Audience finds treasure, imagination in ‘Enchanted Attic’

WKU students Gabriel Pless, Heather Moore and Asya Hildenbrand (left to right) peer from behind a wooden box during rehearsal of “The Enchanted Attic” on Oct. 10 inside the Gordon Wilson Lab Theatre. Luke Franke/HERALD

Stephanie Jessie

Pirates, puppets and talking cats populated the Gordon Wilson Lab Theater last weekend as the cast of “The Enchanted Attic” took stage.

The hour-long children’s play, directed by Lexington senior Eric Mattingly, began when three children, Lance, Frieda and Josie, decided to explore their Great Aunt Agnes’ attic in search of treasure. Instead, they found something they weren’t expecting: a magical window that grants wishes whenever they are near. 

Things became complicated when young Josie’s wish to be on a pirate ship brought the children face-to-face with the legendary Blackbeard and his kooky cronies.

After tricking the pirates into jumping ship, the children and their talking cat, So-Dumb, wished for a puppet found in an old trunk to become human. The marionette, Certainly Fairweather, relies on the children and cat to find his master puppeteer once he comes to life.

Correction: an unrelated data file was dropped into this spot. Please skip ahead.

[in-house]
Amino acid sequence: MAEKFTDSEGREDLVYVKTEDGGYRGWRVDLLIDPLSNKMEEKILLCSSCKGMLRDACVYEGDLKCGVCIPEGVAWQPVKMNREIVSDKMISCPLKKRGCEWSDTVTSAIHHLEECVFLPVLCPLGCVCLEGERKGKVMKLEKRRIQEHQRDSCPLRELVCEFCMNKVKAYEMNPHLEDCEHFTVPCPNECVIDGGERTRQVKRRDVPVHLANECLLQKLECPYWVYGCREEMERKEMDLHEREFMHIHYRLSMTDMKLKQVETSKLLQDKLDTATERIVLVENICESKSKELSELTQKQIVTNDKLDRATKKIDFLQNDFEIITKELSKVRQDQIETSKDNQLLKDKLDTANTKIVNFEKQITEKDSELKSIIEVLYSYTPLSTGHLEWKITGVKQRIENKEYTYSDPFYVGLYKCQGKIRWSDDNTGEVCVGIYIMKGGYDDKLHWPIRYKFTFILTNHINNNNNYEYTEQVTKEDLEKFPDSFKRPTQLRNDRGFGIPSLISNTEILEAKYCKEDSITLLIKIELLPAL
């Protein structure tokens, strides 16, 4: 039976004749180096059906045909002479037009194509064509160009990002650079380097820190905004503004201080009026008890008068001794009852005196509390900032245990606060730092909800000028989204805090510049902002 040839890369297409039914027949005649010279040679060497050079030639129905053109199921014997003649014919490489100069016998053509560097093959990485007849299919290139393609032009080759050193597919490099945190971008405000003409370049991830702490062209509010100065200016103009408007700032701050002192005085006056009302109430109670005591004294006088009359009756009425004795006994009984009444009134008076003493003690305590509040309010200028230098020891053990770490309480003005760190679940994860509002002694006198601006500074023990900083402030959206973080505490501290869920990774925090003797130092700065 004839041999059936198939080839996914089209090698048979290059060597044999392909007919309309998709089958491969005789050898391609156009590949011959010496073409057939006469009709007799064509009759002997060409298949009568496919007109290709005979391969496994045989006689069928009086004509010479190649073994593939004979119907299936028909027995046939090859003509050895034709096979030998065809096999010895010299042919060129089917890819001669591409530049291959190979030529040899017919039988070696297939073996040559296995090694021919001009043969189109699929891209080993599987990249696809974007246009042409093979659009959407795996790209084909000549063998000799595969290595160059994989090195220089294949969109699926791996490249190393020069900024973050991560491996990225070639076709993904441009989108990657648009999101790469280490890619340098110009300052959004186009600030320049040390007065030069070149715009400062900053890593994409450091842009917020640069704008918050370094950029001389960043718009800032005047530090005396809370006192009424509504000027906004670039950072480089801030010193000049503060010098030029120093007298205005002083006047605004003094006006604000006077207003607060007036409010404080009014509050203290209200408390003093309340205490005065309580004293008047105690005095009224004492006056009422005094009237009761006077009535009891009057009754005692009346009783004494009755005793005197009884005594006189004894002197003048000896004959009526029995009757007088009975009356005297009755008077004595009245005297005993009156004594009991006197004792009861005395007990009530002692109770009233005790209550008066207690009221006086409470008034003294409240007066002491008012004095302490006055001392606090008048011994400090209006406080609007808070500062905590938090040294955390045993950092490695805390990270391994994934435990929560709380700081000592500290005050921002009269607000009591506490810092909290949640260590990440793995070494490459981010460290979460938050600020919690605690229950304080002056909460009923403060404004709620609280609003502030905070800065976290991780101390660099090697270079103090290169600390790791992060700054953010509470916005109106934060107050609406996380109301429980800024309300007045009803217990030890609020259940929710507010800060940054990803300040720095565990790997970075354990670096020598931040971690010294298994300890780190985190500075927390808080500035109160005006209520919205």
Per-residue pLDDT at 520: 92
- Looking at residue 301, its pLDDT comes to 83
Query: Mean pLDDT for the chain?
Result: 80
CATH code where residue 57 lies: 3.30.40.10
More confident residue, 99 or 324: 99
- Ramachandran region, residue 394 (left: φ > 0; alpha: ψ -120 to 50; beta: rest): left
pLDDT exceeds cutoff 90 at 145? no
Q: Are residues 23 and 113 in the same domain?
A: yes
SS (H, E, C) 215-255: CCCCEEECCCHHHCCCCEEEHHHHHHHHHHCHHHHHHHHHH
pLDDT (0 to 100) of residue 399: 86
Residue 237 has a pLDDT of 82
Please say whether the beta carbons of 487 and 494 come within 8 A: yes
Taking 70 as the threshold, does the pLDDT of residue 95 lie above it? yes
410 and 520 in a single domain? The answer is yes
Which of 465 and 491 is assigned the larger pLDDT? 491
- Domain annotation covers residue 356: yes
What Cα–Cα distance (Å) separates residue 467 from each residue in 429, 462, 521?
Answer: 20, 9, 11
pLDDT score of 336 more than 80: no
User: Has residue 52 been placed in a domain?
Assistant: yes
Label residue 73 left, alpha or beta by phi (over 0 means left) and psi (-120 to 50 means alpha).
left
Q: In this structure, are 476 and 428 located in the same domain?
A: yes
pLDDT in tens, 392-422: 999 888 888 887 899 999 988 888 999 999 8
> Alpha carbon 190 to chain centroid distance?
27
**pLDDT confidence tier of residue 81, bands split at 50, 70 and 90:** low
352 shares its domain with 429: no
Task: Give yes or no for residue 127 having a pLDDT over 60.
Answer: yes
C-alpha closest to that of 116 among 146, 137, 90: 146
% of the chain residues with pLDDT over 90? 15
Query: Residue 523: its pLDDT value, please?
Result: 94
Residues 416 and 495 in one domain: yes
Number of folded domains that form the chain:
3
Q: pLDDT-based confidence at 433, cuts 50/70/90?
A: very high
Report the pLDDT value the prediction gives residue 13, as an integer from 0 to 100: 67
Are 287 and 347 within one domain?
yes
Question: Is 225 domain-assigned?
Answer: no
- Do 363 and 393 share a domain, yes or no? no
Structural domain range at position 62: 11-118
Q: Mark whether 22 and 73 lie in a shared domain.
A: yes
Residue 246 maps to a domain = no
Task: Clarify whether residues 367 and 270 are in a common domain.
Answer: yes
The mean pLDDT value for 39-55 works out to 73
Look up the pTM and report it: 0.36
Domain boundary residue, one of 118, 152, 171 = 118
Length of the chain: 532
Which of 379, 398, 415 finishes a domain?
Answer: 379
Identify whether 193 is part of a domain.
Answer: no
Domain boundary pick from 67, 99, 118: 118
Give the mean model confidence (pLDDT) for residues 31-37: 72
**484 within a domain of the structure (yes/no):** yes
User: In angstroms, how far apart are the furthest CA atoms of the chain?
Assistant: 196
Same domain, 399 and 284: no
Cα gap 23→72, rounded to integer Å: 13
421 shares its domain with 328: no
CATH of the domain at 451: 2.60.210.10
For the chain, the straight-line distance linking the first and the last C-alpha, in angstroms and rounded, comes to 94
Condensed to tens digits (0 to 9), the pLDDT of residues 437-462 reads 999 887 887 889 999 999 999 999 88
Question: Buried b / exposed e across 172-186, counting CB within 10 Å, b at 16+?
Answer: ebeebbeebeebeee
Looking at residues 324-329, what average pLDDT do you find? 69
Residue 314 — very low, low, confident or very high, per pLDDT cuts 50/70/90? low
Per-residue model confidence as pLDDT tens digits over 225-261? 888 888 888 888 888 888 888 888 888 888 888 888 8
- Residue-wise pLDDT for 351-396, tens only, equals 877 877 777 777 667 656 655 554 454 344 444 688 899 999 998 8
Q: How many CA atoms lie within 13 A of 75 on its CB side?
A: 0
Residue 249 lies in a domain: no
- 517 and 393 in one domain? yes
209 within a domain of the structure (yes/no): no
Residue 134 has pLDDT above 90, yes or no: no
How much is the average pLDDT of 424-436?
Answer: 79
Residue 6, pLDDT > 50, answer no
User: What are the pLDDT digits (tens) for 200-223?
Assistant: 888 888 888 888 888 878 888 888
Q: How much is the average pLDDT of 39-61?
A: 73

Somerset freshman Mason Stevens played the loose-limbed character. He dedicated his time before the show’s debut not only to learning his lines, but studying the uncoordinated movements of puppets and marionettes.

“What I really found out when I acted as this character was that the craziness really messed not with, like, my outer personality, but how I kinda am on the inside,” Stevens said. “I’m all scatter-brained and always trying to do stuff all at once.”

Stevens encourages other performers to try for roles in children’s plays.

“It lets you be as expressive as you want to be and really play, not just with the role, but with the audience, too,” Stevens said. “You can feed off the laughter which is always fun.”

For Julie Pride, publicist for the department of theater and dance, Stevens’ devotion to his character shined through his scenes.

“When someone you know is just giving it everything they’ve got, you enjoy those performances,” she said.

Viewers of the show included a variety of WKU students and Bowling Green citizens, like Tom Napier, Johnie Napier and three-year-old June Napier.

“I want to expose her to the arts, all different types,” Johnie Napier said.

She found out about the performance from the Southern Kentucky Happenings magazine.

Mattingly said his directorial debut was well received. 

“It met my expectations,” Mattingly said. 

The show closed by reminding those watching how important the imagination is, having the children wishing to never lose their imagination.

 “I know what imagination is,” Josie said in the final scene. “Something you should never lose!”